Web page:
I have been doing some digging into social networks that use XFN vice
Supposedly WordPress.com uses XFN but I have not been able to
demonstrate this (I have an account on WordPress and have tried
repeatedly to demonstrate the use of XFN but to no avail).
Conversely, I discovered that FOAF is used by many social networks.
Here is a list of 28 social networks that use FOAF:
Another thing that I have discovered is that the relationship
information provided by FOAF is just "knows", e.g. Alice knows Bob.
XFN, on the other hand, has a rich set of relationship information,
e.g. Alice is a friend, co-worker, neighbor, and kin of Bob.
Furthermore, XFN is a much lighter-weight approach (just add the
relationship onto a link) than FOAF (create a complex RDF document).
So it would seem that XFN provides a richer and lighter-weight set of
information and would be a better choice for social networks.
WHY IS THERE SUCH LITTLE USE OF XFN BY SOCIAL NETWORKS?
microformats-discuss mailing list
Digg Custom, hCard
Ma.gnol.ia XFN, hCard
MSN Spaces a mess
Tumblr No export
last.fm data is available as FOAF also thanks to a translator created
by Yves Raimond.
> LiveJournal None
LiveJournal supports FOAF.
> Pownce XFN
Pownce supports FOAF too.
> Twitter API
Twitter uses hCard/XFN and I provide a FOAF translator for data
available via their API.
Thanks. I don't see Twitter friend information being publicly
available though; you need to be logged in, do you not? I was
compiling this table for my own benefit; once you get to logging it
gets worth taking about the API rather than microformats because you
don't have to worry about paging through results, such as here 
> So it would seem that XFN provides a richer and lighter-weight set of
> information and would be a better choice for social networks.
XFN provides a richer set of *relationship* information, but FOAF provides
more than relationship information -- it also includes:
1. hCard-like contact information, but richer in in some ways,
having built-in support for a bunch of different instant
messaging types (as against hCard where these are hacked onto
the "URL" property), different types of URL, etc;
2. topics and interests;
3. group/club membership;
All of which are beyond the determined scope of XFN. Having that kind of
thing makes FOAF very useful for social-networking type sites.
In terms of relationships, FOAF *can* go beyond foaf:knows by taking
advantage of two things:
1. Implicit relationships. If two people have the same
foaf:workHomepage, then they are probably co-workers.
2. FOAF is RDF. You can mix and match RDF vocabularies.
Toby A Inkster BSc (Hons) ARCS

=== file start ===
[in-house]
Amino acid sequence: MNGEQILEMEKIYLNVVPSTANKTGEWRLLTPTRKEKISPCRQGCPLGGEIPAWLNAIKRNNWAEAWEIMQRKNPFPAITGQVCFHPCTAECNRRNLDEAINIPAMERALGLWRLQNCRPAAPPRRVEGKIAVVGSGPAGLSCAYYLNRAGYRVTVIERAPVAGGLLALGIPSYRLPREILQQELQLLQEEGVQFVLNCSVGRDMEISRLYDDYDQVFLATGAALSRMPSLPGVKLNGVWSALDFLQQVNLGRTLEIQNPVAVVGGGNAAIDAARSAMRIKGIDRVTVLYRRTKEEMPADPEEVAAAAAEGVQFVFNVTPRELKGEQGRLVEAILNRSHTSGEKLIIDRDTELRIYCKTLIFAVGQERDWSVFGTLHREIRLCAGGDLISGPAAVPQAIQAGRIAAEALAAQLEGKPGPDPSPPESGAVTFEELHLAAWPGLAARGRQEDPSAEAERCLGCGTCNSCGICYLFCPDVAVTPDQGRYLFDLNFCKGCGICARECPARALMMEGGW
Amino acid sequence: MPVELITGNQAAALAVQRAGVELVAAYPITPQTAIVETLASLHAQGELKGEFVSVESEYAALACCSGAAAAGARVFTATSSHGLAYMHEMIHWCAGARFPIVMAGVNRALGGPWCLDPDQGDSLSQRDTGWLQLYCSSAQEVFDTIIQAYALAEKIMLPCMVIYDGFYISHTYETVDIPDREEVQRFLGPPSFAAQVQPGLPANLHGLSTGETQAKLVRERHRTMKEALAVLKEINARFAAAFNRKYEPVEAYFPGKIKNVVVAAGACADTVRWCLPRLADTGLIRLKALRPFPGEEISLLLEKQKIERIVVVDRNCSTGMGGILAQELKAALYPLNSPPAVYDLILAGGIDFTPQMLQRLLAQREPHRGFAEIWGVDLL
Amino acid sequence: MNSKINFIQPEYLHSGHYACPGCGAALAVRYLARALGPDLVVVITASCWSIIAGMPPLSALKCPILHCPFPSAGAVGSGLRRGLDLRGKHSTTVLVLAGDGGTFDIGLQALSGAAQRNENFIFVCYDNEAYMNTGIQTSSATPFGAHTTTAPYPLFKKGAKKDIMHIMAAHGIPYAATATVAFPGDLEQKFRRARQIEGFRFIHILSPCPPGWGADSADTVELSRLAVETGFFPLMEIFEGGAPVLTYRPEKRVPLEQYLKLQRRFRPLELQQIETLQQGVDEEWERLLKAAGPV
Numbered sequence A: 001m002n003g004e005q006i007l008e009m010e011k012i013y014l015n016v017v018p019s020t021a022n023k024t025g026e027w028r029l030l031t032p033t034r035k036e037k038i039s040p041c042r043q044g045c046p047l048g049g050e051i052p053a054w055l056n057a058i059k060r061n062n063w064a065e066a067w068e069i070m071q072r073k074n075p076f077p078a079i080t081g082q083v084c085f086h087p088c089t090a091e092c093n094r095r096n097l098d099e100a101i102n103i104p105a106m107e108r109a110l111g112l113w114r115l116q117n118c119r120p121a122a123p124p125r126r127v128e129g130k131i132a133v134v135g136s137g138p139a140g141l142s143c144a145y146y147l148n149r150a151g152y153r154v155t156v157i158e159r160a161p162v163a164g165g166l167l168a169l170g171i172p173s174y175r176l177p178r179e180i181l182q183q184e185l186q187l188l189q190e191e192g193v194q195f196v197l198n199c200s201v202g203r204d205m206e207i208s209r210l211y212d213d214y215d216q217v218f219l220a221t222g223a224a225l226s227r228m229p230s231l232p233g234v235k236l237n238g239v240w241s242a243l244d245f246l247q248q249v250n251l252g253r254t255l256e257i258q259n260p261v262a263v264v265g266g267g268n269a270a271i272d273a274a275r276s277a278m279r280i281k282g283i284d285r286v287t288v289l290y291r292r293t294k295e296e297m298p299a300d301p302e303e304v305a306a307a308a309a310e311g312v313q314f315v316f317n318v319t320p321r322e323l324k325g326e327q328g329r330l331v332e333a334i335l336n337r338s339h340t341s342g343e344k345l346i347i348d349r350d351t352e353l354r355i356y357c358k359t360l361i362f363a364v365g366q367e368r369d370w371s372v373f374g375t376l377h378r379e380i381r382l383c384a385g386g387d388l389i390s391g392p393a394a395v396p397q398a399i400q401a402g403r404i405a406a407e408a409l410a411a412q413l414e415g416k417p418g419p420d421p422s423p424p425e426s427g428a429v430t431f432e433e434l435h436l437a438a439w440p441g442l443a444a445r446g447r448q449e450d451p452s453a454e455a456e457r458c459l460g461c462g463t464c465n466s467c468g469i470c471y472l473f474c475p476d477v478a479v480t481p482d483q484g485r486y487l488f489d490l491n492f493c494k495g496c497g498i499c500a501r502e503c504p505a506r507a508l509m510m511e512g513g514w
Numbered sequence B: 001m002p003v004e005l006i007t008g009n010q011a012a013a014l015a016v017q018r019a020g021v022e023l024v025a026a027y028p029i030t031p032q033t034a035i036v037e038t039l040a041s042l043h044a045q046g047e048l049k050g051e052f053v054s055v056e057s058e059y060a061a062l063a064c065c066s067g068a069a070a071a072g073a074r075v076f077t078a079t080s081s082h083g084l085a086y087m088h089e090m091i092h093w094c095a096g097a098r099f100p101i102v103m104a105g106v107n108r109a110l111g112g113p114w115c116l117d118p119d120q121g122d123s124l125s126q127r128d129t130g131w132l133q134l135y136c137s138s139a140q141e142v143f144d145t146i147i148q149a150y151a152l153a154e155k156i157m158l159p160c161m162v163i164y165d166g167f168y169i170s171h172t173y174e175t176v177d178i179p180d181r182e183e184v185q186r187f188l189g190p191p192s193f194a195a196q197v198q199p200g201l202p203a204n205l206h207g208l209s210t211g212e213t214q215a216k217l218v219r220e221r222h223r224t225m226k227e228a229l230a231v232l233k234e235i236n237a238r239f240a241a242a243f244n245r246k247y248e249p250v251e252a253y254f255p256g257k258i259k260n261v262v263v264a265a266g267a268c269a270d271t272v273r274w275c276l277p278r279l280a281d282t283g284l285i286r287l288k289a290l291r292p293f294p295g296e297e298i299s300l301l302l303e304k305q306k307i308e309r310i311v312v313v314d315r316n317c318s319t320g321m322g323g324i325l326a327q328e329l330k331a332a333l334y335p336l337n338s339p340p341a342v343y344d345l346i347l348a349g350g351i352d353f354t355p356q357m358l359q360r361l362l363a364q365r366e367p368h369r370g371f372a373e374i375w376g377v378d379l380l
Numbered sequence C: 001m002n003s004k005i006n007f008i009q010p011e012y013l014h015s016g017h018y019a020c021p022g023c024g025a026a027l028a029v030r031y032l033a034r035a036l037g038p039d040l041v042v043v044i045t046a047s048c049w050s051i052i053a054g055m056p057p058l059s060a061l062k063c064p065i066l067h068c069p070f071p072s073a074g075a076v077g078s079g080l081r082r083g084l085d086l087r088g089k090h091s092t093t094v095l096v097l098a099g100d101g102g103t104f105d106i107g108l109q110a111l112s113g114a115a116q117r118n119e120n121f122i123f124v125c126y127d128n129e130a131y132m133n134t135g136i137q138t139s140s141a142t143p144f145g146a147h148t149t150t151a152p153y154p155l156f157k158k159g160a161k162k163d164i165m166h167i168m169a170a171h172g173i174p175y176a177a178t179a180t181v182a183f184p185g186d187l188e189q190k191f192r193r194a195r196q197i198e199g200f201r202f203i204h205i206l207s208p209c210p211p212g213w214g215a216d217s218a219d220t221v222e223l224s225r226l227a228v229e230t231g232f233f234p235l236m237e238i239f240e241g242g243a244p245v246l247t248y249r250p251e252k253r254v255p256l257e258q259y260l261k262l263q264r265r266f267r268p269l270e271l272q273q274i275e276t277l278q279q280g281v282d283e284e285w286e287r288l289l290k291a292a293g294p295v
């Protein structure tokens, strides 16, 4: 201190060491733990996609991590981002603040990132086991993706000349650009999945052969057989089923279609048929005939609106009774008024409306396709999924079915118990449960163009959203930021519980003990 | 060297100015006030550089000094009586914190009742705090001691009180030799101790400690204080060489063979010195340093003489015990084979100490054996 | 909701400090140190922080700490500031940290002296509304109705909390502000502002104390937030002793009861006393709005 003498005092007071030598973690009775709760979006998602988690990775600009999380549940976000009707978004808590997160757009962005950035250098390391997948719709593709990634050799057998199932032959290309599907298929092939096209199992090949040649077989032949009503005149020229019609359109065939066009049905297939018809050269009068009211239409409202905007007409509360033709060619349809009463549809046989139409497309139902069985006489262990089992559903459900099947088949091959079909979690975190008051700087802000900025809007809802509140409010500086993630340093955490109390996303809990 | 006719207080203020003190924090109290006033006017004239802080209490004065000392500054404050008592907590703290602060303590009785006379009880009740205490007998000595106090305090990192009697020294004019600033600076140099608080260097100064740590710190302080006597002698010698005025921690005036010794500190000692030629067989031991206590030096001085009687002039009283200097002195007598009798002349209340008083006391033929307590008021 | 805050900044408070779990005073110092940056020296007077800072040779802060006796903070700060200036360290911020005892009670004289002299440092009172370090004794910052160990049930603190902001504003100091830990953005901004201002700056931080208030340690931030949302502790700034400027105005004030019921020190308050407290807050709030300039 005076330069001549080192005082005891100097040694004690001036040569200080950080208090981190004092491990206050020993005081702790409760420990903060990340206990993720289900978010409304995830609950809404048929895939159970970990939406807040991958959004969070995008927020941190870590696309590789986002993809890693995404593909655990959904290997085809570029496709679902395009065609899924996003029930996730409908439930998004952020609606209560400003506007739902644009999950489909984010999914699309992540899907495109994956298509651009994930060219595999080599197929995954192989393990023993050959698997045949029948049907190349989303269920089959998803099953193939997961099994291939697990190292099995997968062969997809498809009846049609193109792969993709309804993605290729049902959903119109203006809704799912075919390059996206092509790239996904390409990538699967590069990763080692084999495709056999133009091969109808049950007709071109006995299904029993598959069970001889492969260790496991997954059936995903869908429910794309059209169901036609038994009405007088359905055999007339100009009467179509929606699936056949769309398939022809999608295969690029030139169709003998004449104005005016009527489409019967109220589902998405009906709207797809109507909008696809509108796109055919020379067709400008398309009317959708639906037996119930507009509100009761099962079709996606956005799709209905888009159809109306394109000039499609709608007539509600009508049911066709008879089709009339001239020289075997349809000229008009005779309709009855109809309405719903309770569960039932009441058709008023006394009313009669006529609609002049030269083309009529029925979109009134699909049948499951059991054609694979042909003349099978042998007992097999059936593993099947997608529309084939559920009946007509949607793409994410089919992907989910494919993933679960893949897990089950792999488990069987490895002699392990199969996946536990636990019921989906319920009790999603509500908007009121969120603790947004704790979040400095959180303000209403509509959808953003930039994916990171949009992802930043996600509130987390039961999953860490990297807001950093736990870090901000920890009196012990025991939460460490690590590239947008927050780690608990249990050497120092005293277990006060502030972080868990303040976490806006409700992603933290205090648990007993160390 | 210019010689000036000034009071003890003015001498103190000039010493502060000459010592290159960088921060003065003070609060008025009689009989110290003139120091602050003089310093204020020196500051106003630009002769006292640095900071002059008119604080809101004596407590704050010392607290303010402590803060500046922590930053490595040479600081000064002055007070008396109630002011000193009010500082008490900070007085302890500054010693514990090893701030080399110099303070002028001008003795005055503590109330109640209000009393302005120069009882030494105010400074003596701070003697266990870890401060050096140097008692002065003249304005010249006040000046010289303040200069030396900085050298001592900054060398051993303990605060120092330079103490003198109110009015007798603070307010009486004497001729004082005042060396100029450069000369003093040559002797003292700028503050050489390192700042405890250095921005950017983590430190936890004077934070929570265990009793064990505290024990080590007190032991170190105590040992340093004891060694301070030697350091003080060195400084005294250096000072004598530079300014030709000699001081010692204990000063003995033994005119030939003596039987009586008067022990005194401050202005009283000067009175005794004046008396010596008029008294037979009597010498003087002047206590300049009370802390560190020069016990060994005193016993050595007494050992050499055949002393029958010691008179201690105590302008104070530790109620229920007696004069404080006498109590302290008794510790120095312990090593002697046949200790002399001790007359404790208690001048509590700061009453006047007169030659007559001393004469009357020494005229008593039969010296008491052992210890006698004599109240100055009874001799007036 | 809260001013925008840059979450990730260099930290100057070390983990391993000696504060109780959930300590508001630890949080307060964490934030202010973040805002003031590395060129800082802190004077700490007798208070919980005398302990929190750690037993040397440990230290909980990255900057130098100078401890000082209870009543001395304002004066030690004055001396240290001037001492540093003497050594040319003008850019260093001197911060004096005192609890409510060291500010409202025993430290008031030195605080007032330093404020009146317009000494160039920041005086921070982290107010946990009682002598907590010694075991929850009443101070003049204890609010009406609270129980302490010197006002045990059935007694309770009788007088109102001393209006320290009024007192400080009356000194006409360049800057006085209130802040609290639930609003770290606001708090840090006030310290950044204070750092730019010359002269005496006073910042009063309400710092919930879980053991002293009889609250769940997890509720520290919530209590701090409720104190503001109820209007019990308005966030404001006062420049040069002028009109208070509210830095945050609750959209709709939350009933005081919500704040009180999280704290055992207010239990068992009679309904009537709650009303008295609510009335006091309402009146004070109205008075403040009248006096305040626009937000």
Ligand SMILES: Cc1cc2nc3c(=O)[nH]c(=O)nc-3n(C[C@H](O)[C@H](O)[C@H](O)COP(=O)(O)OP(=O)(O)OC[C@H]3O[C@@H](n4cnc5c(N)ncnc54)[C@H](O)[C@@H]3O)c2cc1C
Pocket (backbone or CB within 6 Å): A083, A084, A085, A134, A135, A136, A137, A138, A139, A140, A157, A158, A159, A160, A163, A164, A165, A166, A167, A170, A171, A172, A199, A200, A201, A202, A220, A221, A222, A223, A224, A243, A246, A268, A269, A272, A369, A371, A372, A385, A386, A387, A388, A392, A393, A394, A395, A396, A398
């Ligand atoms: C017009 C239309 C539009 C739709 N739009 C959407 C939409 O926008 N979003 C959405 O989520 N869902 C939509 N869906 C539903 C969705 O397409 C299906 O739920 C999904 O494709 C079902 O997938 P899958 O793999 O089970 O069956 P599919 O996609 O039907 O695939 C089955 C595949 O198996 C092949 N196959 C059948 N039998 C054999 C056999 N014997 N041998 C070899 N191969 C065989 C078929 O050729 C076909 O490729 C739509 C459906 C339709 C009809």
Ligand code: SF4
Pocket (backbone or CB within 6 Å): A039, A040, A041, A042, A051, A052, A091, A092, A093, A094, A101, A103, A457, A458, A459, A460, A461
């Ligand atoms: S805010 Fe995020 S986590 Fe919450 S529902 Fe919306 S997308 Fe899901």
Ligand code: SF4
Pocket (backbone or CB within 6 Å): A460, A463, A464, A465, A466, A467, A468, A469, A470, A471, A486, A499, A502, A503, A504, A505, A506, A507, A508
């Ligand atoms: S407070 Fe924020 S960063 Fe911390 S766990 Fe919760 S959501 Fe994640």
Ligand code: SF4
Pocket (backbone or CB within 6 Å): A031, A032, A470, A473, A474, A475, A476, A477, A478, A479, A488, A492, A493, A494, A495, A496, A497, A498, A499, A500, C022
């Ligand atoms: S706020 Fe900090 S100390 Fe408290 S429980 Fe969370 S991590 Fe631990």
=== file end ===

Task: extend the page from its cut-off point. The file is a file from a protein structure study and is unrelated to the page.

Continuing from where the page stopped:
[Geek of HTML/SQL/Perl/PHP/Python/Apache/Linux]
[OS: Linux 188.8.131.52-mm-desktop-9mdvsmp, up 41 days, 21:39.]
The Semantic Web
It's not a choice - you can use both, and you can extend your FOAF
with other predicates - for example, the Relationships Ontology:
> It's not a choice - you can use both, and you can extend your FOAF
> with other predicate
Indeed. One could even use XFN with FOAF:
Going the other way around:
<p about="#alice">Alice <a rel="foaf:knows friend" href="#bob">Bob</
<p about="#bob">Bob <a rel="foaf:knows friend" href="#alice">Alice</
Now that's something I'd never thought of...
This is using the RDFa syntax. Some people like RDFa syntax, but I
think that it can often lead to repetition. In this scenario, you are
using XFN rel values to map to foaf:knows. It's probably a better idea
to simply use the XFN syntax, and then use a GRDDL profile to map that
to the underlying RDF semantics.
<p class="person" id="alice">Alice knows <a href="#bob" rel="friend">Bob</a></p>
<p class="person" id="bob">Bob knows <a href="#alice" rel="friend">Alice</a></p>
is a more natural HTML syntax* (you could go further and replace the
'person' class with an hCard (although you would then have to add
extra child elements to these elements to make them into valid
hCards). You then put together a GRDDL document which translates the
HTML above into the relevant RDF/XML syntax.
* It is also representable in HTML 4 and XHTML 1.0. Only a limited
subset of RDFa can be represented in HTML 4 or XHTML 1.0 - while the
more expressive parts require you use the W3C's RDFa+XHTML 1.1 DTD if
you want it to validate.
Anyway, that's just my opinion and not strictly on-topic for
microformats-discuss. Read the GRDDL Primer at:
Ask in #swig on irc.freenode.net or e-mail me off-list if you want to know more.
- Typepad uses FOAF, but I can't find a single example of non-trivial FOAF files
- When I'm searching for foaf & xfn stuff right now on Google, this
discussion is already first page...
Almost every profile page.
View source and search for rel="contact". It's there!
The individual user pages on Twitter contain XFN.
The only catch here is that the only relation represented is 'contact',
and the link is to the user's Twitter page rather than an external site.
However, you could do a two-stage parse: follow the link to the user's
Twitter page, and then look for a link with 'rel="me"' to discover their
website (because links to the user's website are also XFN-marked, using
the 'me' relation).
All the user pages on twitter have xfn attached to people who they are
following using rel="contact" in hcard
<a title="Jack Dorsey" rel="contact" class="url"
href="http://twitter.com/jack"><img width="24" height="24"
src="http://s3.amazonaws.com/twitter_production/profile_images/49893972/Photo_22_mini.jpg" id="profile-image" class="photo fn" alt="Jack Dorsey"/></a>
>From Tantek's page
I haven't seen much else though, hope this helps.
On Wed, 2008-03-12 at 09:47 -0400, Costello, Roger L. wrote:
> A few days ago I was browsing through Twitter and at somebody's web
> page I viewed the page source and found XFN being used.
> I didn't bookmark that page. Since then I have been unable to find
> pages on Twitter that contains XFN. Can someone point me to a web
> on Twitter which contains XFN?